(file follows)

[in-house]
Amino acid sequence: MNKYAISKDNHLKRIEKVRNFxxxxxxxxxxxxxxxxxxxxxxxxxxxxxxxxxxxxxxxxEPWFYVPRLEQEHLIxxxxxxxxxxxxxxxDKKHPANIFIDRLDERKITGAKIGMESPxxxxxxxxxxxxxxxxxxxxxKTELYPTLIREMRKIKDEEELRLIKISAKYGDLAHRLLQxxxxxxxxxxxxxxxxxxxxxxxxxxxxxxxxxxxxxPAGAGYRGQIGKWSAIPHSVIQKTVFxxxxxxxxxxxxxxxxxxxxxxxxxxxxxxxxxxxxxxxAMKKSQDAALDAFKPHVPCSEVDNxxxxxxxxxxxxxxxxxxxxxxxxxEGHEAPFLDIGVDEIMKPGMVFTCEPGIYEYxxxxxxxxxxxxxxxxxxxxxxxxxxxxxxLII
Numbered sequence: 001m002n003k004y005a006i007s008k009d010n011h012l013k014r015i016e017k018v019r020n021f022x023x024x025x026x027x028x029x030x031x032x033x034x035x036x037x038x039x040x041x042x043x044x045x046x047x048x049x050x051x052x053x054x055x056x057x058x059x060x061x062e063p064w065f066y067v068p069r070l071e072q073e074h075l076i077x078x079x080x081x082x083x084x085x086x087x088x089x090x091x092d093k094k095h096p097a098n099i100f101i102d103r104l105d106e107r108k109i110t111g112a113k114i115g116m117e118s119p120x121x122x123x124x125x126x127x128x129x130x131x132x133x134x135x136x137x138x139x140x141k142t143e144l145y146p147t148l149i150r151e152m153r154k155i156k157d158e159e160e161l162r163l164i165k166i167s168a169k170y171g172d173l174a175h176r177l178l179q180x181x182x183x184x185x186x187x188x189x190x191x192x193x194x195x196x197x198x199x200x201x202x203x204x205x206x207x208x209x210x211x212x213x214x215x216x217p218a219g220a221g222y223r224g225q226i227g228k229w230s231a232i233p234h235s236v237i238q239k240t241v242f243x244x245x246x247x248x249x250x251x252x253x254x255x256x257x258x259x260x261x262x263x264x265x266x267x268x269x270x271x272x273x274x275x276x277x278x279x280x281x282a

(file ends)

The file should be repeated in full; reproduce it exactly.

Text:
[in-house]
Amino acid sequence: MNKYAISKDNHLKRIEKVRNFxxxxxxxxxxxxxxxxxxxxxxxxxxxxxxxxxxxxxxxxEPWFYVPRLEQEHLIxxxxxxxxxxxxxxxDKKHPANIFIDRLDERKITGAKIGMESPxxxxxxxxxxxxxxxxxxxxxKTELYPTLIREMRKIKDEEELRLIKISAKYGDLAHRLLQxxxxxxxxxxxxxxxxxxxxxxxxxxxxxxxxxxxxxPAGAGYRGQIGKWSAIPHSVIQKTVFxxxxxxxxxxxxxxxxxxxxxxxxxxxxxxxxxxxxxxxAMKKSQDAALDAFKPHVPCSEVDNxxxxxxxxxxxxxxxxxxxxxxxxxEGHEAPFLDIGVDEIMKPGMVFTCEPGIYEYxxxxxxxxxxxxxxxxxxxxxxxxxxxxxxLII
Numbered sequence: 001m002n003k004y005a006i007s008k009d010n011h012l013k014r015i016e017k018v019r020n021f022x023x024x025x026x027x028x029x030x031x032x033x034x035x036x037x038x039x040x041x042x043x044x045x046x047x048x049x050x051x052x053x054x055x056x057x058x059x060x061x062e063p064w065f066y067v068p069r070l071e072q073e074h075l076i077x078x079x080x081x082x083x084x085x086x087x088x089x090x091x092d093k094k095h096p097a098n099i100f101i102d103r104l105d106e107r108k109i110t111g112a113k114i115g116m117e118s119p120x121x122x123x124x125x126x127x128x129x130x131x132x133x134x135x136x137x138x139x140x141k142t143e144l145y146p147t148l149i150r151e152m153r154k155i156k157d158e159e160e161l162r163l164i165k166i167s168a169k170y171g172d173l174a175h176r177l178l179q180x181x182x183x184x185x186x187x188x189x190x191x192x193x194x195x196x197x198x199x200x201x202x203x204x205x206x207x208x209x210x211x212x213x214x215x216x217p218a219g220a221g222y223r224g225q226i227g228k229w230s231a232i233p234h235s236v237i238q239k240t241v242f243x244x245x246x247x248x249x250x251x252x253x254x255x256x257x258x259x260x261x262x263x264x265x266x267x268x269x270x271x272x273x274x275x276x277x278x279x280x281x282a